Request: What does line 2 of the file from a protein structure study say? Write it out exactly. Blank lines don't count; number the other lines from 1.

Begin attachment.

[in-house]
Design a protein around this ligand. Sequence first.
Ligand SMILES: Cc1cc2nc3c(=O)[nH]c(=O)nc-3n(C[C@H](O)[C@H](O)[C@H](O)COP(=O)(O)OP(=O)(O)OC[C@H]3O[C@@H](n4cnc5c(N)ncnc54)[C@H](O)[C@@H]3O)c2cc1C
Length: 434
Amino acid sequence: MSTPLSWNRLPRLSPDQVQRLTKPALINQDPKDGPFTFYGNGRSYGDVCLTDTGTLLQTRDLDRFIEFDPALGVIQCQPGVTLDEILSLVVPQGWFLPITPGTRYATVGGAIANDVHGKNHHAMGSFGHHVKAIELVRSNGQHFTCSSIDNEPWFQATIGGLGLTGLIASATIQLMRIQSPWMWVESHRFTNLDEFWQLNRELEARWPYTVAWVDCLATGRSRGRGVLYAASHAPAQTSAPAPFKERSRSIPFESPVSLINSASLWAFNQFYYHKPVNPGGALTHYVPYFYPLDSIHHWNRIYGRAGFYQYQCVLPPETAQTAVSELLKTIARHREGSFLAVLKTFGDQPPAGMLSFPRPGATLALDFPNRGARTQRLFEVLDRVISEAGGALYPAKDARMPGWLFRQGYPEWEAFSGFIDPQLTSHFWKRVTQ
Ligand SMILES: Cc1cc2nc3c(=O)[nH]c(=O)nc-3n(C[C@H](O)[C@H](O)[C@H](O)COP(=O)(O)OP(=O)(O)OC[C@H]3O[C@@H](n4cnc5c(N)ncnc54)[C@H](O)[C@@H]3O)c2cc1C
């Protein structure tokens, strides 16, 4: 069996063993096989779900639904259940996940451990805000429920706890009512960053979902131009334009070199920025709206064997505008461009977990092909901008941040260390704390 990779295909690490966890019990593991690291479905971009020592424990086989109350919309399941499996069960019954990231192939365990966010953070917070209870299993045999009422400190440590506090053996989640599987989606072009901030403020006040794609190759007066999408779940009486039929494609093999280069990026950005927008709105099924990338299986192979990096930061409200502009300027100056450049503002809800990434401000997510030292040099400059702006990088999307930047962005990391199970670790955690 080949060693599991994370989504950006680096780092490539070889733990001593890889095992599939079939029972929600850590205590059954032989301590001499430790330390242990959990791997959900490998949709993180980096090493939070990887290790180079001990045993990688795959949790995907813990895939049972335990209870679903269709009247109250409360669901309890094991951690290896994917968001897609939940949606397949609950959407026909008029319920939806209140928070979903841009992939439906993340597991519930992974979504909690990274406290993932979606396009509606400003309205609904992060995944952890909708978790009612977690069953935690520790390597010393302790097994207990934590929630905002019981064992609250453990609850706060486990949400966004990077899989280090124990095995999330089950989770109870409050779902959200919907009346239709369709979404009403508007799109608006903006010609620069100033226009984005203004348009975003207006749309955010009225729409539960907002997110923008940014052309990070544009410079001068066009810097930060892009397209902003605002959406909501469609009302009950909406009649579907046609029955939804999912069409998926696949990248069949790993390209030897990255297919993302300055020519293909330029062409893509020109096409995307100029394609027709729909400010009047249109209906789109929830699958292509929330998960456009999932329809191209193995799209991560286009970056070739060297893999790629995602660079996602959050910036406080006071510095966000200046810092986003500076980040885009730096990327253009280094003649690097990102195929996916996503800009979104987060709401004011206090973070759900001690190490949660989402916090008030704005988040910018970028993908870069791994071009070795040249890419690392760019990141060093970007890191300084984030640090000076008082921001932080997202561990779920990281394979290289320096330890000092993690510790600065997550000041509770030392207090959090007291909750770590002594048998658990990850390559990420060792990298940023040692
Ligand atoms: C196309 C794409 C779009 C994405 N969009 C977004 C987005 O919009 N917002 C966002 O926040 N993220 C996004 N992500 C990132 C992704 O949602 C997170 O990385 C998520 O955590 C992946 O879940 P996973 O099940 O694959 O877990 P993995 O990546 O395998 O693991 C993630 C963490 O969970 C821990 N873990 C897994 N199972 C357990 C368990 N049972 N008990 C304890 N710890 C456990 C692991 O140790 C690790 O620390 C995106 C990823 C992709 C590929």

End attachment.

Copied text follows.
Design a protein around this ligand. Sequence first.